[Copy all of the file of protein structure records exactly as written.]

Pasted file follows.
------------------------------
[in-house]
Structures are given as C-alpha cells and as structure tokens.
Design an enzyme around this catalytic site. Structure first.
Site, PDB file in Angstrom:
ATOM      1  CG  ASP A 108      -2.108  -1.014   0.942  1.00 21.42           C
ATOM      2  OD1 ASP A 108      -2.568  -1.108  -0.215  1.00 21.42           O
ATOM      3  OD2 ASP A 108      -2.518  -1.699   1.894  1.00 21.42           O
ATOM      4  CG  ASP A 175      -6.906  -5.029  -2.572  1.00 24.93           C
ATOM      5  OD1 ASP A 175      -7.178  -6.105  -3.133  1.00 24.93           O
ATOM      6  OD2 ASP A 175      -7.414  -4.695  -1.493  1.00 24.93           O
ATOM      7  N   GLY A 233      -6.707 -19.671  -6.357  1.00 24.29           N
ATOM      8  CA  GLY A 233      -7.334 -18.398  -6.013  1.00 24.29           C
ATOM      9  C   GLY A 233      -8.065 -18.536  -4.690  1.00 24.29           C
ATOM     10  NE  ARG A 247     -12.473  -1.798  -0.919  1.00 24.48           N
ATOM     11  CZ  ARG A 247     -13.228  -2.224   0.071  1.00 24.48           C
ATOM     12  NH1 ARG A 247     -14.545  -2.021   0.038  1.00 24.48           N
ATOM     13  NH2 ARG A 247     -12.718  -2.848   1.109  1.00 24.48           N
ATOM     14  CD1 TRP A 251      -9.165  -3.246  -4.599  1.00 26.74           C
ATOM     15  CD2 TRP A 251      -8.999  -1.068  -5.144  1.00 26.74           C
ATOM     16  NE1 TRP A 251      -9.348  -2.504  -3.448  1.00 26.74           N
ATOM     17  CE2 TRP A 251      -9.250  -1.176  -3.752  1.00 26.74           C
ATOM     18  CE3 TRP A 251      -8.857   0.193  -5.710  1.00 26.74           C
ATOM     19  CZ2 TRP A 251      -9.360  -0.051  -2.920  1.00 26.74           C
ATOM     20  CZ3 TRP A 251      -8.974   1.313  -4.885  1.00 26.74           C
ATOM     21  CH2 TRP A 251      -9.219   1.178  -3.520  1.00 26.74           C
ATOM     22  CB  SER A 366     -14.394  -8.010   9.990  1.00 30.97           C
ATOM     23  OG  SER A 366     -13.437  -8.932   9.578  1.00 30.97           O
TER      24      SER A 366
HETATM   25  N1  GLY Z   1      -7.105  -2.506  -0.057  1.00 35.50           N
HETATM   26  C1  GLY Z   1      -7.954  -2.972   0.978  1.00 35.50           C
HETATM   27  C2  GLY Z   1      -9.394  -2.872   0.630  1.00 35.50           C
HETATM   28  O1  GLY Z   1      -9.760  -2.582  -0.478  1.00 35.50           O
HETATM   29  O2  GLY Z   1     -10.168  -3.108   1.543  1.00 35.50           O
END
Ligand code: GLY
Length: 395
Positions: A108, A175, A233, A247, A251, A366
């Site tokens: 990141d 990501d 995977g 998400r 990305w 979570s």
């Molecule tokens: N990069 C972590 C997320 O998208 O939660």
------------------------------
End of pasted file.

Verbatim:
[in-house]
Structures are given as C-alpha cells and as structure tokens.
Design an enzyme around this catalytic site. Structure first.
Site, PDB file in Angstrom:
ATOM      1  CG  ASP A 108      -2.108  -1.014   0.942  1.00 21.42           C
ATOM      2  OD1 ASP A 108      -2.568  -1.108  -0.215  1.00 21.42           O
ATOM      3  OD2 ASP A 108      -2.518  -1.699   1.894  1.00 21.42           O
ATOM      4  CG  ASP A 175      -6.906  -5.029  -2.572  1.00 24.93           C
ATOM      5  OD1 ASP A 175      -7.178  -6.105  -3.133  1.00 24.93           O
ATOM      6  OD2 ASP A 175      -7.414  -4.695  -1.493  1.00 24.93           O
ATOM      7  N   GLY A 233      -6.707 -19.671  -6.357  1.00 24.29           N
ATOM      8  CA  GLY A 233      -7.334 -18.398  -6.013  1.00 24.29           C
ATOM      9  C   GLY A 233      -8.065 -18.536  -4.690  1.00 24.29           C
ATOM     10  NE  ARG A 247     -12.473  -1.798  -0.919  1.00 24.48           N
ATOM     11  CZ  ARG A 247     -13.228  -2.224   0.071  1.00 24.48           C
ATOM     12  NH1 ARG A 247     -14.545  -2.021   0.038  1.00 24.48           N
ATOM     13  NH2 ARG A 247     -12.718  -2.848   1.109  1.00 24.48           N
ATOM     14  CD1 TRP A 251      -9.165  -3.246  -4.599  1.00 26.74           C
ATOM     15  CD2 TRP A 251      -8.999  -1.068  -5.144  1.00 26.74           C
ATOM     16  NE1 TRP A 251      -9.348  -2.504  -3.448  1.00 26.74           N
ATOM     17  CE2 TRP A 251      -9.250  -1.176  -3.752  1.00 26.74           C
ATOM     18  CE3 TRP A 251      -8.857   0.193  -5.710  1.00 26.74           C
ATOM     19  CZ2 TRP A 251      -9.360  -0.051  -2.920  1.00 26.74           C
ATOM     20  CZ3 TRP A 251      -8.974   1.313  -4.885  1.00 26.74           C
ATOM     21  CH2 TRP A 251      -9.219   1.178  -3.520  1.00 26.74           C
ATOM     22  CB  SER A 366     -14.394  -8.010   9.990  1.00 30.97           C
ATOM     23  OG  SER A 366     -13.437  -8.932   9.578  1.00 30.97           O
TER      24      SER A 366
HETATM   25  N1  GLY Z   1      -7.105  -2.506  -0.057  1.00 35.50           N
HETATM   26  C1  GLY Z   1      -7.954  -2.972   0.978  1.00 35.50           C
HETATM   27  C2  GLY Z   1      -9.394  -2.872   0.630  1.00 35.50           C
HETATM   28  O1  GLY Z   1      -9.760  -2.582  -0.478  1.00 35.50           O
HETATM   29  O2  GLY Z   1     -10.168  -3.108   1.543  1.00 35.50           O
END
Ligand code: GLY
Length: 395
Positions: A108, A175, A233, A247, A251, A366
């Site tokens: 990141d 990501d 995977g 998400r 990305w 979570s």
């Molecule tokens: N990069 C972590 C997320 O998208 O939660």